MINIX: the OTHER operating system in your Intel computer
There’s a lot of stuff in computers these days, hardware, software, programs, apps and more. But the thing you might not be aware of is the other operating system running inside your computer. No, I’m not talking about dual-booting Linux, I’m talking about MINIX.
I’ve got you there, you’re probably thinking: “Wait, what? I’ve never installed this MINIX on my machine”, of course you haven’t, but if you’re using an Intel processor chances are it is in your computer too.
It’s not the CPU, it’s the chipset
Intel chipsets for some years have included a Management Engine, a small microprocessor that runs independently of the main CPU and operating system. Various pieces of software run on the ME, ranging from code to handle media DRM to an implementation of a TPM. AMT is another piece of software running on the ME, albeit one that takes advantage of a wide range of ME features.
The Intel Management Engine is a technology produced by Intel embedded in its chipsets as a firmware, the technology claims to be needed to achieve full performance and used to provide remote administration capabilities. The Intel ME is a “black-box” working in your computer, tightly integrated in the system and has direct access to memory, network and peripherals. This technology has been speculated to be a backdoor, and it is so powerful the EFF called the Intel ME a security hazard.
When things couldn’t go worse for the Intel ME, during May 2017, a serious vulnerability allowing privilege escalation was found. This vulnerability was there for almost 9 years and had never been found, when exploited it allows an unprivileged attacker to gain control of the remote administration capabilities offered by the Intel ME.
Down the Intel rabbit-hole
Since the Intel Management Engine is installed on the chipset rather than the CPU, it can operate alone, and that’s exactly what it does: it works during the boot process, during normal activities when the operating system is already loaded, and even when the computer is off but plugged in. It works almost at any time, and you don’t know a thing about it. No one does, and that’s the way it has stayed secure “security through obscurity“.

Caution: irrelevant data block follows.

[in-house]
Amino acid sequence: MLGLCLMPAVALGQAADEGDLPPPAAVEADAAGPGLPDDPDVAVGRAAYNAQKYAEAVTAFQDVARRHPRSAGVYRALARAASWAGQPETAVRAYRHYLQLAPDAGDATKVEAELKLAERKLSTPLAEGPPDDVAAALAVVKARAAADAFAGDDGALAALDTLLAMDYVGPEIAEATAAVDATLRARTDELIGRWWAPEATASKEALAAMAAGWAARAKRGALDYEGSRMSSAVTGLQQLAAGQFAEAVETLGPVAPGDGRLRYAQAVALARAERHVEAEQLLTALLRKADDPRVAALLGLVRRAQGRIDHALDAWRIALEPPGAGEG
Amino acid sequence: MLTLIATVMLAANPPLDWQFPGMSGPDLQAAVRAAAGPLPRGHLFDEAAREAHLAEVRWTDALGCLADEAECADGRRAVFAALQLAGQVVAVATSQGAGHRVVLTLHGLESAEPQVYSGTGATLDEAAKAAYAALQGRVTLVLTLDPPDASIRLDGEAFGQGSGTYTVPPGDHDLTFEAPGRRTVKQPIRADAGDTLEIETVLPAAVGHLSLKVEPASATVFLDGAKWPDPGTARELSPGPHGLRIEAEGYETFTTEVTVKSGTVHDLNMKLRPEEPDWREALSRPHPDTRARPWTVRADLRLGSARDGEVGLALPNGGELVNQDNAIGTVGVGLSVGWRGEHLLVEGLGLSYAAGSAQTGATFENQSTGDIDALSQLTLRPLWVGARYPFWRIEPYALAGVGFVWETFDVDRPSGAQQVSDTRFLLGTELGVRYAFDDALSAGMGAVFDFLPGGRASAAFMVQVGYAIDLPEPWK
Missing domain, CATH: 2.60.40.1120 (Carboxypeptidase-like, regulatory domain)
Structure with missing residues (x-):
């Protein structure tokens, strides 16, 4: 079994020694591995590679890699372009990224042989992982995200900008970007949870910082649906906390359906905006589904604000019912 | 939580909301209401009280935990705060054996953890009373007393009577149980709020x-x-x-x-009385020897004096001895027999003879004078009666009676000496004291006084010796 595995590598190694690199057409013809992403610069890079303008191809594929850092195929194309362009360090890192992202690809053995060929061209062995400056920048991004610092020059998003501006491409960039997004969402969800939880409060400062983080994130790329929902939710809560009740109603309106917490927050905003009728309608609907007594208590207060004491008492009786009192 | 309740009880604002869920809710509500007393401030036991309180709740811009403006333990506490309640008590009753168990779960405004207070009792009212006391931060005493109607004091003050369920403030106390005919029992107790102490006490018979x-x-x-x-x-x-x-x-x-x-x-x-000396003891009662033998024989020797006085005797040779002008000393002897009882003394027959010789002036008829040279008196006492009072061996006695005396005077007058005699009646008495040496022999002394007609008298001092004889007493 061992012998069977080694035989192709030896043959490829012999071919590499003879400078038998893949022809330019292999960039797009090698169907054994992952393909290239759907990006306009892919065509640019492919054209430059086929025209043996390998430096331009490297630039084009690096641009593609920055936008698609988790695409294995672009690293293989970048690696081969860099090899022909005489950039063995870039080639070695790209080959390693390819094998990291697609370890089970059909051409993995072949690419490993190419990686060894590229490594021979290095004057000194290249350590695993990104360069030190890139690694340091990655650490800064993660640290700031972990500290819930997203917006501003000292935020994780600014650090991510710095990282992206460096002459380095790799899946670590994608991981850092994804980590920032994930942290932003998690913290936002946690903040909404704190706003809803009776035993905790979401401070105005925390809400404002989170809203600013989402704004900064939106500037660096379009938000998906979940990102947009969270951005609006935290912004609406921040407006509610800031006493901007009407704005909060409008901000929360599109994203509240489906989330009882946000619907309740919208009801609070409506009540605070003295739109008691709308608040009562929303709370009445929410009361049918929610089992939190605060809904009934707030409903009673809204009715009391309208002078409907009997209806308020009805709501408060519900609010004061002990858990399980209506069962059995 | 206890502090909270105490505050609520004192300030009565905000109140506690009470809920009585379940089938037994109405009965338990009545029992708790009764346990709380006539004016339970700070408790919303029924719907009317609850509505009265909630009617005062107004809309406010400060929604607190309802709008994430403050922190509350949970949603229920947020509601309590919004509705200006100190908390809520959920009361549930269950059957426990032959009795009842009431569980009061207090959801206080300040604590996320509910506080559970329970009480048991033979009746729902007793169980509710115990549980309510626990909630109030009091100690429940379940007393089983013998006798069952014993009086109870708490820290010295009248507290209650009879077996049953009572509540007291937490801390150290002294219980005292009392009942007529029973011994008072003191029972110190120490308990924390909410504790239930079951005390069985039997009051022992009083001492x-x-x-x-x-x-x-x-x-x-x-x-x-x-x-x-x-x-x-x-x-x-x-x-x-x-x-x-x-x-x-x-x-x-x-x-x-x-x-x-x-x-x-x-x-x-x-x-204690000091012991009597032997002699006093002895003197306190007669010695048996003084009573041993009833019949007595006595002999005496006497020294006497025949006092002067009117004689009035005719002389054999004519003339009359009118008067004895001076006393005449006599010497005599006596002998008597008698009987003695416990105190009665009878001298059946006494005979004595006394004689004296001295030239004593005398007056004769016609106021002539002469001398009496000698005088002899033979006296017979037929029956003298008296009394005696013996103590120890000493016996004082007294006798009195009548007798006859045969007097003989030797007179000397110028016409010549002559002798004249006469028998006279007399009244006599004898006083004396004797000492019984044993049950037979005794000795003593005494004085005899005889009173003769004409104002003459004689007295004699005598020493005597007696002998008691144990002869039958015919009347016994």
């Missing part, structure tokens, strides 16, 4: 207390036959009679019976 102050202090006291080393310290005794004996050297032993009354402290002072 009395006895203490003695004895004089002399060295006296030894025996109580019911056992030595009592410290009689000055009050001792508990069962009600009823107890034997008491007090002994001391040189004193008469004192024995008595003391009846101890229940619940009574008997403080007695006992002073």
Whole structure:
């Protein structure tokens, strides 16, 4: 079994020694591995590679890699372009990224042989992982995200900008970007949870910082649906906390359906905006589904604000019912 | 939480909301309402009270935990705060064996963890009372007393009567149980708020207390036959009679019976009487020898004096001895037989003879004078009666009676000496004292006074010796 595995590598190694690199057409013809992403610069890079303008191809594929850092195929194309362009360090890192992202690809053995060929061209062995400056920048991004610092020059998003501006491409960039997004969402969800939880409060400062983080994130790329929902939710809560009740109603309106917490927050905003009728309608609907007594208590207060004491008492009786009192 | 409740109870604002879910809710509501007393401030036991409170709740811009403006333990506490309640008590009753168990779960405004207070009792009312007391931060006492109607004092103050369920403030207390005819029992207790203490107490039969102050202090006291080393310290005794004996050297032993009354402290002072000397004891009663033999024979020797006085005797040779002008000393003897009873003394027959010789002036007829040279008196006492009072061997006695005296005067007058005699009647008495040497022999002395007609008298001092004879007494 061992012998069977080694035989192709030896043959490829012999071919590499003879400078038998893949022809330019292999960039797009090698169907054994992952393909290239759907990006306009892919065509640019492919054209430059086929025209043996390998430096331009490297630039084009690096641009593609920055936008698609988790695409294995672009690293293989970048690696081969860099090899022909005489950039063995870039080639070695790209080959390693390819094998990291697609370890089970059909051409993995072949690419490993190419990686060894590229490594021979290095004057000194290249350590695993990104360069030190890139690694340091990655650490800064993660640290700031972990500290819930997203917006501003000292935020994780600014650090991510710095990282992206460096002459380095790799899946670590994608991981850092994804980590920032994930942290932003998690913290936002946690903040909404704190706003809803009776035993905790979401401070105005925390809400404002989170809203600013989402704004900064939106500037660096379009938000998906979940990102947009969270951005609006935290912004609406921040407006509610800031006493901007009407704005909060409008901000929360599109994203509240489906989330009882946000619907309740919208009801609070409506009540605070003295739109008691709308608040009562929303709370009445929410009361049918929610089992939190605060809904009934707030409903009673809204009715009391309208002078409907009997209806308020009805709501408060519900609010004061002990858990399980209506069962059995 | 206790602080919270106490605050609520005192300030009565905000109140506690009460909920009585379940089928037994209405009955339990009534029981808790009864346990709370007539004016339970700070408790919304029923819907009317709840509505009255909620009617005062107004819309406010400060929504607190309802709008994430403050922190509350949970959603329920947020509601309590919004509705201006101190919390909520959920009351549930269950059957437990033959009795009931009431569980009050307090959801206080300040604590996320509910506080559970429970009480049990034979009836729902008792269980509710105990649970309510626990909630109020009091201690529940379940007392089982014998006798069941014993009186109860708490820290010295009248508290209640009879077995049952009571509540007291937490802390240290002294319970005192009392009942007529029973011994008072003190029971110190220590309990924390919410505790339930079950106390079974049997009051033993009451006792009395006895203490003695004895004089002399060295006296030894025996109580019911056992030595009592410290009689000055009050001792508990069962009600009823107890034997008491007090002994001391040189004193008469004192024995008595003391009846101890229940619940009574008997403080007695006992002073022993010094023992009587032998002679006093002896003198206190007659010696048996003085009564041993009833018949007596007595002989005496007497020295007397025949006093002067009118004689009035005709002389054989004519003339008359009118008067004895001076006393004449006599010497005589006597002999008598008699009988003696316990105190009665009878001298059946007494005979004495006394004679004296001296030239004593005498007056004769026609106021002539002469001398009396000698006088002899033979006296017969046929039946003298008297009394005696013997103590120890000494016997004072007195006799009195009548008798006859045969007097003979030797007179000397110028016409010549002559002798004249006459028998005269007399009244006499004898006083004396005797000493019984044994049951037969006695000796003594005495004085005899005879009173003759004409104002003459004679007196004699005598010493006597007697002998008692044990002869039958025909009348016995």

The Intel ME is a closed-source firmware tightly integrated with the system, were it to be compromised the results would be catastrophic. A malware installed in the Intel ME could easily survive power cycles and spy on everything happening within your computer. And what’s worse is that there is currently no way to turn off Intel ME (although there have been attempts).
During November 2017 Ronald Minnich, a Google software engineer, discovered a hidden MINIX operating system within the Intel Management Engine. The MINIX instance is running:
- IP stacks (4 and 6)
- File systems
- Drivers (disk, net, USB, mouse)
- Web servers
Discover MINIX: one of the most used Operating Systems in the world
Thanks to Intel Management Engine, MINIX has become one of the most popular Operating Systems in the world in a matter of seconds. But you may have not heard of MINIX and you might be thinking it is a new operating system committed to no good. That’s absolutely wrong, and except its use in the Intel Management Engine, MINIX was created for educational purposes.
Created by Andrew S. Tanenbaum, the early versions of MINIX (v1 and v2) were for educational purposes only, the operating system based on a microkernel architecture was used by Tanenbaum in his teachings at the Vrije Universiteit Amsterdam. The project started out as proprietary and was re-licensed under the BSD license in 2000. Since version 3, MINIX aims to provide a highly reliable operating system for embedded systems.
Maybe, the slim architecture or the permissive license have played a huge role in Intel’s decision, nevertheless that decision makes MINIX one of the most popular (and most parallel) operating systems in the world. Andrew S. Tanenbaum even wrote an open letter to Intel:
The only thing that would have been nice is that after the project had been finished and the chip deployed, that someone from Intel would have told me, just as a courtesy, that MINIX was now probably the most widely used operating system in the world on x86 computers. That certainly wasn’t required in any way, but I think it would have been polite to give me a heads up, that’s all.
-Andrew S. Tanenbaum